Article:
CPAP Linked to Improvement in Resistant Hypertension
A new report summarizes a small study in which researchers concluded that the use of CPAP in patients with resistant hypertension and OSA significantly lowered daytime blood pressure.
As originally reported in the November issue of CHEST, after 6 months of treatment, a randomized trial showed that those who received CPAP plus medical therapy had an average ambulatory blood pressure reduction of 6.5/4.5 mm Hg, compared with an average increase of 3.1/2.1 mm Hg for those who received medical therapy alone.
According to Geraldo Lorenzi-Filho, MD, PhD, of the Heart Institute at the Universidade de São Paulo, Brazil, and colleagues, the blood pressure changes occurred only when the patients were awake.
The article “Effects of OSA Treatment on BP in Patients With Resistant Hypertension:A Randomized Trial” stated the impact of CPAP on blood pressures in these patients with confirmed resistant hypertension and moderate-to-severe OSA was in the range of that expected from treating other causes of secondary hypertension.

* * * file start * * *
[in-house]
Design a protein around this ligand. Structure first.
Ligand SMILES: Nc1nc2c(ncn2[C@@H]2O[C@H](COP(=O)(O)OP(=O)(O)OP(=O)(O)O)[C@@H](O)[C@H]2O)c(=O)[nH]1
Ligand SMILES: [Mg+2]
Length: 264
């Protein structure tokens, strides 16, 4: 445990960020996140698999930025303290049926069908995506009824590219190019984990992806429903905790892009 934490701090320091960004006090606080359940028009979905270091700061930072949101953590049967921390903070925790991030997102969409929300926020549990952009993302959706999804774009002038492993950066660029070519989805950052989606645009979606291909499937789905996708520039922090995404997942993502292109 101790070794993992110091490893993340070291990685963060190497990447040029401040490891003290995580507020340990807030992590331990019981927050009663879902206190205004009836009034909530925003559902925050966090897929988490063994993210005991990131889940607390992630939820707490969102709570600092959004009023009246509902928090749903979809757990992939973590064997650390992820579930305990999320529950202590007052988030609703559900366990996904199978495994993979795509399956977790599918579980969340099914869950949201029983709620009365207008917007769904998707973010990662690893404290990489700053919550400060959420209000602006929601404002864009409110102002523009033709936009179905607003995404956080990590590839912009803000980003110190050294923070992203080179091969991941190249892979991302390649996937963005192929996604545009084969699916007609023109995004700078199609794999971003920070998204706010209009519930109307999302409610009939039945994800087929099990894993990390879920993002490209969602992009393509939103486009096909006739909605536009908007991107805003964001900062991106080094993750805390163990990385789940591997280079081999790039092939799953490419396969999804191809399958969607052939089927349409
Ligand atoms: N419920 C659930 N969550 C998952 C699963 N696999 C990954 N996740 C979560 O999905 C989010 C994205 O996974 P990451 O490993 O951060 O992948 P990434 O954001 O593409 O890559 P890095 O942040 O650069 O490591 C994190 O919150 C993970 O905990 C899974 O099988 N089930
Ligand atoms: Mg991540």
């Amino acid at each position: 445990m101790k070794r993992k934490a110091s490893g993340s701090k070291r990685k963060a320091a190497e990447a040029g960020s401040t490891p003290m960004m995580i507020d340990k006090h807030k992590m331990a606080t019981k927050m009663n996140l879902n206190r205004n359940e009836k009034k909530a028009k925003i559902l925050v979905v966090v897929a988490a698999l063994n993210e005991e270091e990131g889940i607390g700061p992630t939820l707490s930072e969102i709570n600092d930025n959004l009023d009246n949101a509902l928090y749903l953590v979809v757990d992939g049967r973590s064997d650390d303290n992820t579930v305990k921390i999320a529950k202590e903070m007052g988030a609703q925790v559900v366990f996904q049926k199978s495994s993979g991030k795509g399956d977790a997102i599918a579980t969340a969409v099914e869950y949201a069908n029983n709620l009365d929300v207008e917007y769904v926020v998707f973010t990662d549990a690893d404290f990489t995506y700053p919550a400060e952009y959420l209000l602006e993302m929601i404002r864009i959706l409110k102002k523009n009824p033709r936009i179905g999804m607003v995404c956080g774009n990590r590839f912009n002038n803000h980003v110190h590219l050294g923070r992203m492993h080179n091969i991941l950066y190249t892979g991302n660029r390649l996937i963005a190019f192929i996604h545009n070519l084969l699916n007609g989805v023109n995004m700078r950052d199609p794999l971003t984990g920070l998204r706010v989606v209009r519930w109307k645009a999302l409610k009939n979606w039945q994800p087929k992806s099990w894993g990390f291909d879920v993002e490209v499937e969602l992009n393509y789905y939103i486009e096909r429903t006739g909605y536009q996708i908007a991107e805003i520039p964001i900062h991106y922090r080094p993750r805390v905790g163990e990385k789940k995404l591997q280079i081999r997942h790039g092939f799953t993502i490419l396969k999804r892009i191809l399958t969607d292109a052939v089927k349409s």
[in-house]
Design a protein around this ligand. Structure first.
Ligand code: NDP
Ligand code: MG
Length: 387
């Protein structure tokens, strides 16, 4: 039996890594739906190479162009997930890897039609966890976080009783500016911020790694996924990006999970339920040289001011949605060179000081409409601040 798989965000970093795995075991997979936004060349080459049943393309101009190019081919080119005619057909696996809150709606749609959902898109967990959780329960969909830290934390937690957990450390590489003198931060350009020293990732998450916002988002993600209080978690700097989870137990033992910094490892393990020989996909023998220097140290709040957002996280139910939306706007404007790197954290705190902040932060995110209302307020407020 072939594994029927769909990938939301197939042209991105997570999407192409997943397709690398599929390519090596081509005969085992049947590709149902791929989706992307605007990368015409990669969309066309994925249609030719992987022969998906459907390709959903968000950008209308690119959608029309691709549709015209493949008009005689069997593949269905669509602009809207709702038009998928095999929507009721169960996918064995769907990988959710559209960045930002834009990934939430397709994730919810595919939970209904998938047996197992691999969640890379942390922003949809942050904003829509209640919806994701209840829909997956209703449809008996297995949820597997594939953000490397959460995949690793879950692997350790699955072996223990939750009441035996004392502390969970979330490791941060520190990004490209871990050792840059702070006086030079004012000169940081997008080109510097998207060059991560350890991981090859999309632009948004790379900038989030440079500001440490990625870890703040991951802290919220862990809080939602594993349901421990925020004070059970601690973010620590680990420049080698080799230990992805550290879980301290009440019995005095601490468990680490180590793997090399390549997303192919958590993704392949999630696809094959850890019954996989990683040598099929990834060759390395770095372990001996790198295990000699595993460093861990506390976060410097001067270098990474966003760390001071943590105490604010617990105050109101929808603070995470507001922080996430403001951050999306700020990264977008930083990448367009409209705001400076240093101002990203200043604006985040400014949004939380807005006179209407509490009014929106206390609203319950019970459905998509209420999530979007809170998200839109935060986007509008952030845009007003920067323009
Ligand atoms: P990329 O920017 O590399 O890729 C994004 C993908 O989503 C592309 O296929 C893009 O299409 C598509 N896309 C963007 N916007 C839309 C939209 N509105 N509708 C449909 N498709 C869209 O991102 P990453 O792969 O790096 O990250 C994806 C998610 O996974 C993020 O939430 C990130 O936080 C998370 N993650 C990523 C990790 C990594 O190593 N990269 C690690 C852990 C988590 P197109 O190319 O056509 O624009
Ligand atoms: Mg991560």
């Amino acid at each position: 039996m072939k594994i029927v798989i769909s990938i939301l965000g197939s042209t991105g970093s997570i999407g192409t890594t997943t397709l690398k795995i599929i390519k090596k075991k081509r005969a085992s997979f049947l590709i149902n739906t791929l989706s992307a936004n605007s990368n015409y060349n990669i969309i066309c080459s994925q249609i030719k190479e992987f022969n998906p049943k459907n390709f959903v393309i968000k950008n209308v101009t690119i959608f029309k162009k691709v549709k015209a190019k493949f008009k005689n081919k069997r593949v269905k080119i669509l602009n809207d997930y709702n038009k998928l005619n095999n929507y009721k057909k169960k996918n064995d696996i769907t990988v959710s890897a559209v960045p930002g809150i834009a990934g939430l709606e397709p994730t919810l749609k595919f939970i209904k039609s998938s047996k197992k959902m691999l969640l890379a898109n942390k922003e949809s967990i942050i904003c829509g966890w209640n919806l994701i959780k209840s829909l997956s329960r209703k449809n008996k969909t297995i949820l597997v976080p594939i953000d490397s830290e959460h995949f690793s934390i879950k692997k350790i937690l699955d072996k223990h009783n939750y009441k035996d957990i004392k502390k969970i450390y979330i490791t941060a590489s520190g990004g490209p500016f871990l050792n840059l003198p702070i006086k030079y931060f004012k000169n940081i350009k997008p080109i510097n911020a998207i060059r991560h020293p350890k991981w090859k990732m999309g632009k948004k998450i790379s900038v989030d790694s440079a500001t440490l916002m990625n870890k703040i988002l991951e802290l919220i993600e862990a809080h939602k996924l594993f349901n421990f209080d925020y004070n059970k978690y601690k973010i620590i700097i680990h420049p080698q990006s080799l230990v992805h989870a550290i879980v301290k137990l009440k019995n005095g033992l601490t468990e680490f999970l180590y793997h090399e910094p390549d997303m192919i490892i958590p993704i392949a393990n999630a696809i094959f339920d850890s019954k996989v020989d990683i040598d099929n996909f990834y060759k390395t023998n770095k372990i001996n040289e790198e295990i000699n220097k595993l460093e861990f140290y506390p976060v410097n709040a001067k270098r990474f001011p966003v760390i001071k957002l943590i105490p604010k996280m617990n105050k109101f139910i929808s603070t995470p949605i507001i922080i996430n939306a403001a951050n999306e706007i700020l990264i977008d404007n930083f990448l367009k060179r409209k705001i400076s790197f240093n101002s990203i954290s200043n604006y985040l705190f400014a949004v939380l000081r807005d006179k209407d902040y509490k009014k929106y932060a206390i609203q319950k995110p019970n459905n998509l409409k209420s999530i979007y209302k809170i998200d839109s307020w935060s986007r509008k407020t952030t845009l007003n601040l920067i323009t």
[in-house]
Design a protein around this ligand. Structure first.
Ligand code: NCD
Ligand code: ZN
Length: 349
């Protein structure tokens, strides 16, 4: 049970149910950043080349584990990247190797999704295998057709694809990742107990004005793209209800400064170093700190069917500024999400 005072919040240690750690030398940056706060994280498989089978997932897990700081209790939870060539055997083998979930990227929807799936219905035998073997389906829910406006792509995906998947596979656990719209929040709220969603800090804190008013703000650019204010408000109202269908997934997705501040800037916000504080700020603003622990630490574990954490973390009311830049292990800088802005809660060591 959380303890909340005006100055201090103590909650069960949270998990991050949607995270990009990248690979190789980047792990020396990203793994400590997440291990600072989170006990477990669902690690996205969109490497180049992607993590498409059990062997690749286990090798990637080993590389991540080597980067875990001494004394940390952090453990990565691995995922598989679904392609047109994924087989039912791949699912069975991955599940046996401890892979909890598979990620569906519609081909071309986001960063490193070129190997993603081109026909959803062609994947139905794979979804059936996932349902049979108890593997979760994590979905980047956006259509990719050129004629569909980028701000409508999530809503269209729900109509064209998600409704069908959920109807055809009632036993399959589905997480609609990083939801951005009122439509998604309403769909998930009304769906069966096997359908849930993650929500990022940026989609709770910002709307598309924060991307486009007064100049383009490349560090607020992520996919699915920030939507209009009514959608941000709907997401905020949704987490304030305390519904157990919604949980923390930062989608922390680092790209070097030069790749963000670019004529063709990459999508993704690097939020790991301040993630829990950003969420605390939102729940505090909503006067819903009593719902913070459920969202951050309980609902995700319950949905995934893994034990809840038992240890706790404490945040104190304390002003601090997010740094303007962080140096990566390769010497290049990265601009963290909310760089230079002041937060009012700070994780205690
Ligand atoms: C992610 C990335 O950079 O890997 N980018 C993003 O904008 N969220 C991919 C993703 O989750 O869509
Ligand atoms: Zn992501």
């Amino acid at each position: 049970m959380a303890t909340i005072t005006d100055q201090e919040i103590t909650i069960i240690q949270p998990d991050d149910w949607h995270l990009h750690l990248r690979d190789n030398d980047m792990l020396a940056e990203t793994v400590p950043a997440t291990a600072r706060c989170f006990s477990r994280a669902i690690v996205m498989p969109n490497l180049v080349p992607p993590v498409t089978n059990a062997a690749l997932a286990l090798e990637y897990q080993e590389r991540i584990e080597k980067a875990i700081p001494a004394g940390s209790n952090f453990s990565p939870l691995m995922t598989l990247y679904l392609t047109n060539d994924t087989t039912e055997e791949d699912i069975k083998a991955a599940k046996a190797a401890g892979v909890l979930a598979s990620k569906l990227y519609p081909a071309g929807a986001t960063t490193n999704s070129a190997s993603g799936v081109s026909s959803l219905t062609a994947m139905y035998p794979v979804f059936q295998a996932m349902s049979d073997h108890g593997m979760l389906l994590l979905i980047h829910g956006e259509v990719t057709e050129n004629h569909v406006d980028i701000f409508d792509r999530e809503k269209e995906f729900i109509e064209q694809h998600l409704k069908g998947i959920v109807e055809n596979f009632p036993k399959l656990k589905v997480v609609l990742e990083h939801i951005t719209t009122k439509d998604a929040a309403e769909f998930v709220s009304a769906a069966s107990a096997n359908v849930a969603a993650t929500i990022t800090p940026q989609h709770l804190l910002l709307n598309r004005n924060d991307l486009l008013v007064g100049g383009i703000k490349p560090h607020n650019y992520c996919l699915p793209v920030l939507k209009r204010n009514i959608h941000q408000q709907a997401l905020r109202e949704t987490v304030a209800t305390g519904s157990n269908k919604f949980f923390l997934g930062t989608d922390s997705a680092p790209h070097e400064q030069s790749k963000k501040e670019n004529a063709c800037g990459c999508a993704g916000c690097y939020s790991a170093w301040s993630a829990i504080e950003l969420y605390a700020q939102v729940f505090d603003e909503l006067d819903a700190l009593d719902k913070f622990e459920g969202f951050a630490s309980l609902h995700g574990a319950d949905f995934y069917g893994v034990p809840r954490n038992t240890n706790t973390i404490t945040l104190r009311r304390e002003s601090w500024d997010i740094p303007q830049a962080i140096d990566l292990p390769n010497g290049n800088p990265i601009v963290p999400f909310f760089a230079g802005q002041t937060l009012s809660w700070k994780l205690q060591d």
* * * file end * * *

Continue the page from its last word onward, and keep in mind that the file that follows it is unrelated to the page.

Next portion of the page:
“The importance of our findings is highlighted by the fact that OSA is extremely common among patients with resistant hypertension and is largely underrecognized,” they wrote. “Future studies are necessary to clarify the impact of the treatment of OSA on other cardiovascular outcomes, such as target-organ damage, in patients with resistant hypertension.”
Based on prior research, the magnitude of blood pressure reduction achieved with CPAP in the trial would be expected to reduce cerebrovascular events by more than 30% and cardiovascular events by more than 20%, Malcolm Kohler, MD, of University Hospital Zurich, and John R. Stradling, MD, from the NIHR Biomedical Research Centre in Oxford, England, noted in an accompanying editorial.
Source: American College of Chest Physicians
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